Arise the Brain Power
To protect neural tissue against oxidative stress damage, we need phytonutrients that not only potent in antioxidants but capable of passing through brain-blood barrier, an ability that can not be accomplished by every molecule. The spices below, can access brain tissues, packing plenty of healing power against free radicals and trigger other pathways for greater cognitive function and neural protection. Let’s take a closer look.
The following potent ingredients make up our (Arise Chai) Tea Blend with 3x more antioxidant rich spices.
Black tea contains caffeine (for our Arise Tea that is about 20mg per teabag; average cup of tea is about 40 mg per 235 mL cup) which has been extensively studied showing improvement in cognition. Caffeine in tea raises mental focus and concentration by promoting blood flow to the brain and interacting in several neurotransmission processes. First, caffeine competes with adenosine in the brain, binding to its receptors and increasing overall neural activity. Secondly, caffeine also promotes the release of other cognition and mood boosting neurotransmitters like norepinephrine, acetylcholine, serotonin, glutamate and GABA. Unlike drinks with higher caffeine doses (ie. coffee [90mg] and energy drinks [74 mg] per 235ml), caffeine in black tea is less likely to over-stimulate the heart and cause other unpleasant side effects.
Black tea reduces cortisol (stress hormone) levels which is linked to improved memory. It contains an amino acid called L-theanine that relaxes the brain creating better focus. Brain studies shown L-thanine producing a long lasting attention during extended or difficult tasks.  Caffeine and L-theanine in tea able to cross the BBB and work together to enhance cognition, focus and attention, while increasing psychological effects of mood, calmness and contentment.[14,15,55]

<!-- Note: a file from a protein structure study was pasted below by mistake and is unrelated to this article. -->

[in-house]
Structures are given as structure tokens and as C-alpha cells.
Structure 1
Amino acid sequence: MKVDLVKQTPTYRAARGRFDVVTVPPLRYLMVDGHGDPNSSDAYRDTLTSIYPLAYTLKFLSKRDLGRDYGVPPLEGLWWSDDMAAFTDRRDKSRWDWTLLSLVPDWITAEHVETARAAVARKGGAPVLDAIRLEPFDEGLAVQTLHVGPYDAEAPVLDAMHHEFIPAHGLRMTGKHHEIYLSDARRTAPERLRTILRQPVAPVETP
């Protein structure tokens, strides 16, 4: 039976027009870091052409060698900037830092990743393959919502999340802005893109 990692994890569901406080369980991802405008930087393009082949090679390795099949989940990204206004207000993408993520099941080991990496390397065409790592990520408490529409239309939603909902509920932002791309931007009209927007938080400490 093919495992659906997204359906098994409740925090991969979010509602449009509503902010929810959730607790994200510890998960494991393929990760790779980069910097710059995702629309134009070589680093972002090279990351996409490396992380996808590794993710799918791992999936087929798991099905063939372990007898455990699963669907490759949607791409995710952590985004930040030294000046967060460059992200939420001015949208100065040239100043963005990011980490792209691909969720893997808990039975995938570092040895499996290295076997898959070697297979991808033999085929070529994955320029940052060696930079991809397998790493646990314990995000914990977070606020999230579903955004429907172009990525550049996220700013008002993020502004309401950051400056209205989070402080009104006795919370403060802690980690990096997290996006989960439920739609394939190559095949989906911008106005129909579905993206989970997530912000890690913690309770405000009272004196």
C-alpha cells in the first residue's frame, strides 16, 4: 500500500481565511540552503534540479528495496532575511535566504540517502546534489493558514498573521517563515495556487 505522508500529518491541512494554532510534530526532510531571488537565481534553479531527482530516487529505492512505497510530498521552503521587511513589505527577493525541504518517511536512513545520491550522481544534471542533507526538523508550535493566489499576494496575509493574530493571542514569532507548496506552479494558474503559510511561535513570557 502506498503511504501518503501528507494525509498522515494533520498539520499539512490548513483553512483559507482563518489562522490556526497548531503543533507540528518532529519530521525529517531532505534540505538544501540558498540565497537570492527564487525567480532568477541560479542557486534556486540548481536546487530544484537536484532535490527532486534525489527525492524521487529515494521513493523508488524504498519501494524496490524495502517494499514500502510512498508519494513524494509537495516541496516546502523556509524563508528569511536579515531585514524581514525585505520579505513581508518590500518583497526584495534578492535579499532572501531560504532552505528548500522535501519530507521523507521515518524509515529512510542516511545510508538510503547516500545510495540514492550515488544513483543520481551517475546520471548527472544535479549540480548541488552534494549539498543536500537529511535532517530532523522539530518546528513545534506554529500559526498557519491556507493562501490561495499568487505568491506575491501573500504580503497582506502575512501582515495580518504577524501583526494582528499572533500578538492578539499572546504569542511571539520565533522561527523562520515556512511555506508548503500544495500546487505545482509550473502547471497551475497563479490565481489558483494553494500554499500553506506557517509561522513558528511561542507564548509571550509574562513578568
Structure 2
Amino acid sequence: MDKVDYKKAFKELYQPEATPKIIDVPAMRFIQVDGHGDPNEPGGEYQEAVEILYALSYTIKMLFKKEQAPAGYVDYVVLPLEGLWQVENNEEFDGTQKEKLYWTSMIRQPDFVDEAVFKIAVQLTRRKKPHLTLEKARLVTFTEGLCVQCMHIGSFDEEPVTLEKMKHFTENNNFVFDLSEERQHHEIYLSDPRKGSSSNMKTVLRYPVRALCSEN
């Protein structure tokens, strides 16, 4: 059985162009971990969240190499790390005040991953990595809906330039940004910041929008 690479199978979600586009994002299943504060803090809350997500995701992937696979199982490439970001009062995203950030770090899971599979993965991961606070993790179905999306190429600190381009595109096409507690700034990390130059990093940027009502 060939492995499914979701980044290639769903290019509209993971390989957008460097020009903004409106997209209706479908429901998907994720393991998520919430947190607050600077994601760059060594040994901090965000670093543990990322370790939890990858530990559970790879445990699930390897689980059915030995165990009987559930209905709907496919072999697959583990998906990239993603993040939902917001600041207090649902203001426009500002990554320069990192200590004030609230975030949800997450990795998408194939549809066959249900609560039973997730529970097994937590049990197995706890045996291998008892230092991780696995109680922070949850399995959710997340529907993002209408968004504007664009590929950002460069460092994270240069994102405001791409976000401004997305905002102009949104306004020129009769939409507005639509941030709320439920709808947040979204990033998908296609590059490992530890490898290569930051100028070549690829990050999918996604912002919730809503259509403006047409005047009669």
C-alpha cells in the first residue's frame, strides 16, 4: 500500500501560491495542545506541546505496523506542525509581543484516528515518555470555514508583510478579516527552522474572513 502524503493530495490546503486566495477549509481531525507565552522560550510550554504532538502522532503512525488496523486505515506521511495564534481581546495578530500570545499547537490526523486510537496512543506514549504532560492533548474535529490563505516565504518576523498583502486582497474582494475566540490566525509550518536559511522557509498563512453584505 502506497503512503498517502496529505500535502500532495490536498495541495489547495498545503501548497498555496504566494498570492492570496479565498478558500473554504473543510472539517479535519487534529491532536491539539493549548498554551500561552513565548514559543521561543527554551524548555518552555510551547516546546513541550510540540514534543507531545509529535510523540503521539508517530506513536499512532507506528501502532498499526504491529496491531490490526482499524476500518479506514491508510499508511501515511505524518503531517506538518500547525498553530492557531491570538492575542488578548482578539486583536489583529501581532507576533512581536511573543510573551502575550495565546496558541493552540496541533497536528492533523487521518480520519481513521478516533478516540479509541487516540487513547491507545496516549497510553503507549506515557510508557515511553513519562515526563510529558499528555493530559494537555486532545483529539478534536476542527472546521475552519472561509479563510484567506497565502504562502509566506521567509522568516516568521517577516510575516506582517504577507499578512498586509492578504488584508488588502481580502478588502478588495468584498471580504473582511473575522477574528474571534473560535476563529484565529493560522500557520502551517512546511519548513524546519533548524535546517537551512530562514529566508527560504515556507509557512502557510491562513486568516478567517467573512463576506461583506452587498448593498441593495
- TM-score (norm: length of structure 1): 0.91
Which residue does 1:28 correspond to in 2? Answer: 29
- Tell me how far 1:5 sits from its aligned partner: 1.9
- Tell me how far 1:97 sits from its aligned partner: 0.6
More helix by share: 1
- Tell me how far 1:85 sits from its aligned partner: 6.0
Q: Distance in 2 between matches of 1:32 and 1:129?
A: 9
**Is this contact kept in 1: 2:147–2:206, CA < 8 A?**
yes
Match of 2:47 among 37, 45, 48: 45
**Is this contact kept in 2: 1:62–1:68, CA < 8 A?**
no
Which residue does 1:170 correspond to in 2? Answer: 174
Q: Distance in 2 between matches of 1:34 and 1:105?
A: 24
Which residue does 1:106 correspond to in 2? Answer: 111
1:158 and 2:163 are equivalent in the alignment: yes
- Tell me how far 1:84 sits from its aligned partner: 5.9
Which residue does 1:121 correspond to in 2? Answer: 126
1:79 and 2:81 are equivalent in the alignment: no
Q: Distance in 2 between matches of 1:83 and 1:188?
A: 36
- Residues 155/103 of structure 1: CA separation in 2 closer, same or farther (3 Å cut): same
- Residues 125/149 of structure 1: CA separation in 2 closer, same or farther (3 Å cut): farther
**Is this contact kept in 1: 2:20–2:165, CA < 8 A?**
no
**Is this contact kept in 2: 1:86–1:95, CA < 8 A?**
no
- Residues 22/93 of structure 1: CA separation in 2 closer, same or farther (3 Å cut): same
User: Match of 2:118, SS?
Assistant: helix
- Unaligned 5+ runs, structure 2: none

Cinnamon embodies the “power of spice” definition. Loaded with flavonoids (type of polyphenols) like eugenol, quercetin, epicatechin, cinnamtannin B1, cinnamaldehyde and elements like manganese, cinnamon showcases its might with the #3 spot on the ORAC (267,536) chart. These phytonutrients produce a sweet-like aroma that fight inflammation, diabetes, cancers, bacteria and neurodegenerative diseases. When free radicals attack lipids within cellular walls causing damage, they also produce a molecule called malondialdehyde (MDA), which has become a well known marker for oxidative stress, as its levels directly relate to tissue damage. Cinnamon metabolites are capable of crossing BBB and enter the brain where they fight oxidative stress reducing MDA levels, protecting neural tissues and improving internal antioxidants (glutathione (GSH)).[17,18]